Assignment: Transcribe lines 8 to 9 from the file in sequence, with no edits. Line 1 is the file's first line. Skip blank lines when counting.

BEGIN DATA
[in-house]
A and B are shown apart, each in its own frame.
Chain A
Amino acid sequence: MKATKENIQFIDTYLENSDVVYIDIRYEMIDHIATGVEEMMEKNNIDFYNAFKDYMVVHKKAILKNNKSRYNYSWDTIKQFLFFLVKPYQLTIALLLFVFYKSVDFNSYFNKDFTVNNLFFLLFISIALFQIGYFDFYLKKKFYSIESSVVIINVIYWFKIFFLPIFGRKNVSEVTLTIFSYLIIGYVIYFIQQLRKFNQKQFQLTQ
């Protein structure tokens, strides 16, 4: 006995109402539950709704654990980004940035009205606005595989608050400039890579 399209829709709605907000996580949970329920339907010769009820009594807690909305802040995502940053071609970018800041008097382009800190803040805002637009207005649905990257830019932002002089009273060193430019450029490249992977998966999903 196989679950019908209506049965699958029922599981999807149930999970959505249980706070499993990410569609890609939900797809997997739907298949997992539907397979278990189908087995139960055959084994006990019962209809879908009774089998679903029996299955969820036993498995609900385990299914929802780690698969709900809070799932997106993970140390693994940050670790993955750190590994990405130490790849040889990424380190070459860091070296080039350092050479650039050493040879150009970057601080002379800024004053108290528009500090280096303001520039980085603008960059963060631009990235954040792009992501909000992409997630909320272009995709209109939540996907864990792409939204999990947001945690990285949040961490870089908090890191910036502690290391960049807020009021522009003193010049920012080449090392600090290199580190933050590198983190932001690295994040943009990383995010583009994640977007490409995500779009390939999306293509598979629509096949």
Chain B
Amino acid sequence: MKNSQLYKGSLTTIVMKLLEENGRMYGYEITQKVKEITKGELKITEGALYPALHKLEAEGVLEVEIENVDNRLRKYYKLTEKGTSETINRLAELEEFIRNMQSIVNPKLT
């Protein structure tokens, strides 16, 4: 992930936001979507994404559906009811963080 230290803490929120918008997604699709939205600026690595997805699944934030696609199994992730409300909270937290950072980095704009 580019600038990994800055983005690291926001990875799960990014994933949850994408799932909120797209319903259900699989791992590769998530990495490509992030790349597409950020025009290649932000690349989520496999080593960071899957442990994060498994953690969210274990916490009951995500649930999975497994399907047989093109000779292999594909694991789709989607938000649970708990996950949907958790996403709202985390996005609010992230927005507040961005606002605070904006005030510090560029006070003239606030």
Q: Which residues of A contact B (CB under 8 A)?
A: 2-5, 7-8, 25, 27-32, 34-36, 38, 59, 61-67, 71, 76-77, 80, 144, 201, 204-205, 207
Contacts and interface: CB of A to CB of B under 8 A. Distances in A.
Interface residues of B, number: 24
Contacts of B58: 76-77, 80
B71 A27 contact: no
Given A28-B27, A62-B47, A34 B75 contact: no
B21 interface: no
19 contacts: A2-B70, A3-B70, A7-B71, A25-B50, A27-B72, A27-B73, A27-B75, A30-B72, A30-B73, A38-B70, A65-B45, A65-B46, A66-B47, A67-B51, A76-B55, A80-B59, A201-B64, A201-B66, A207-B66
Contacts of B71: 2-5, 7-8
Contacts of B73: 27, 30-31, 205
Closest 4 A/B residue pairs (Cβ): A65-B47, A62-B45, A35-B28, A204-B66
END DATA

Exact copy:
């Protein structure tokens, strides 16, 4: 992930936001979507994404559906009811963080 230290803490929120918008997604699709939205600026690595997805699944934030696609199994992730409300909270937290950072980095704009 580019600038990994800055983005690291926001990875799960990014994933949850994408799932909120797209319903259900699989791992590769998530990495490509992030790349597409950020025009290649932000690349989520496999080593960071899957442990994060498994953690969210274990916490009951995500649930999975497994399907047989093109000779292999594909694991789709989607938000649970708990996950949907958790996403709202985390996005609010992230927005507040961005606002605070904006005030510090560029006070003239606030």
Q: Which residues of A contact B (CB under 8 A)?